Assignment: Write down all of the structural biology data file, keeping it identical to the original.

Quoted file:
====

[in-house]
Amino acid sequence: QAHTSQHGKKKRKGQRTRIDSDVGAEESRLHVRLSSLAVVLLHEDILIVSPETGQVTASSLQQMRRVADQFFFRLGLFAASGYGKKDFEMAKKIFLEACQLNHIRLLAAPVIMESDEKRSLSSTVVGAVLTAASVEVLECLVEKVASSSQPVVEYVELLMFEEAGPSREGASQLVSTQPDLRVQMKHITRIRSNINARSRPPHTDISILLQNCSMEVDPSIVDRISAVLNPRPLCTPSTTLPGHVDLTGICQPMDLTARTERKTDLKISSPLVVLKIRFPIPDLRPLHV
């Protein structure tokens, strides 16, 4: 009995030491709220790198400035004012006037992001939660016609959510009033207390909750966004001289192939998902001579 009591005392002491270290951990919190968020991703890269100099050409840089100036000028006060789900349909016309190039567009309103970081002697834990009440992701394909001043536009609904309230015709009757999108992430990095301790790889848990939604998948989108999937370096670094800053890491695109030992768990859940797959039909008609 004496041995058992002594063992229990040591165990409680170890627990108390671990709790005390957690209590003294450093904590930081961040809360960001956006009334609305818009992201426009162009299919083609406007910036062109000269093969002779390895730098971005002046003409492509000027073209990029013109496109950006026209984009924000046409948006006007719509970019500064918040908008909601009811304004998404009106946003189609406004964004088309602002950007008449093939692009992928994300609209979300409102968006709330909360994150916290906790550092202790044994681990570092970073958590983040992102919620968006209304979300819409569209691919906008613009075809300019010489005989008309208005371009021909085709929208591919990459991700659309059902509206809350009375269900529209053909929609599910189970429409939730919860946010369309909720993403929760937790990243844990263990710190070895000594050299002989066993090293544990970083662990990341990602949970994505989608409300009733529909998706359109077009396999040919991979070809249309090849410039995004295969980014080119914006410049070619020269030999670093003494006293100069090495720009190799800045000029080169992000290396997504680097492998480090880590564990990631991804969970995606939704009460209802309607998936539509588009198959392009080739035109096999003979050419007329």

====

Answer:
[in-house]
Amino acid sequence: QAHTSQHGKKKRKGQRTRIDSDVGAEESRLHVRLSSLAVVLLHEDILIVSPETGQVTASSLQQMRRVADQFFFRLGLFAASGYGKKDFEMAKKIFLEACQLNHIRLLAAPVIMESDEKRSLSSTVVGAVLTAASVEVLECLVEKVASSSQPVVEYVELLMFEEAGPSREGASQLVSTQPDLRVQMKHITRIRSNINARSRPPHTDISILLQNCSMEVDPSIVDRISAVLNPRPLCTPSTTLPGHVDLTGICQPMDLTARTERKTDLKISSPLVVLKIRFPIPDLRPLHV
């Protein structure tokens, strides 16, 4: 009995030491709220790198400035004012006037992001939660016609959510009033207390909750966004001289192939998902001579 009591005392002491270290951990919190968020991703890269100099050409840089100036000028006060789900349909016309190039567009309103970081002697834990009440992701394909001043536009609904309230015709009757999108992430990095301790790889848990939604998948989108999937370096670094800053890491695109030992768990859940797959039909008609 004496041995058992002594063992229990040591165990409680170890627990108390671990709790005390957690209590003294450093904590930081961040809360960001956006009334609305818009992201426009162009299919083609406007910036062109000269093969002779390895730098971005002046003409492509000027073209990029013109496109950006026209984009924000046409948006006007719509970019500064918040908008909601009811304004998404009106946003189609406004964004088309602002950007008449093939692009992928994300609209979300409102968006709330909360994150916290906790550092202790044994681990570092970073958590983040992102919620968006209304979300819409569209691919906008613009075809300019010489005989008309208005371009021909085709929208591919990459991700659309059902509206809350009375269900529209053909929609599910189970429409939730919860946010369309909720993403929760937790990243844990263990710190070895000594050299002989066993090293544990970083662990990341990602949970994505989608409300009733529909998706359109077009396999040919991979070809249309090849410039995004295969980014080119914006410049070619020269030999670093003494006293100069090495720009190799800045000029080169992000290396997504680097492998480090880590564990990631991804969970995606939704009460209802309607998936539509588009198959392009080739035109096999003979050419007329």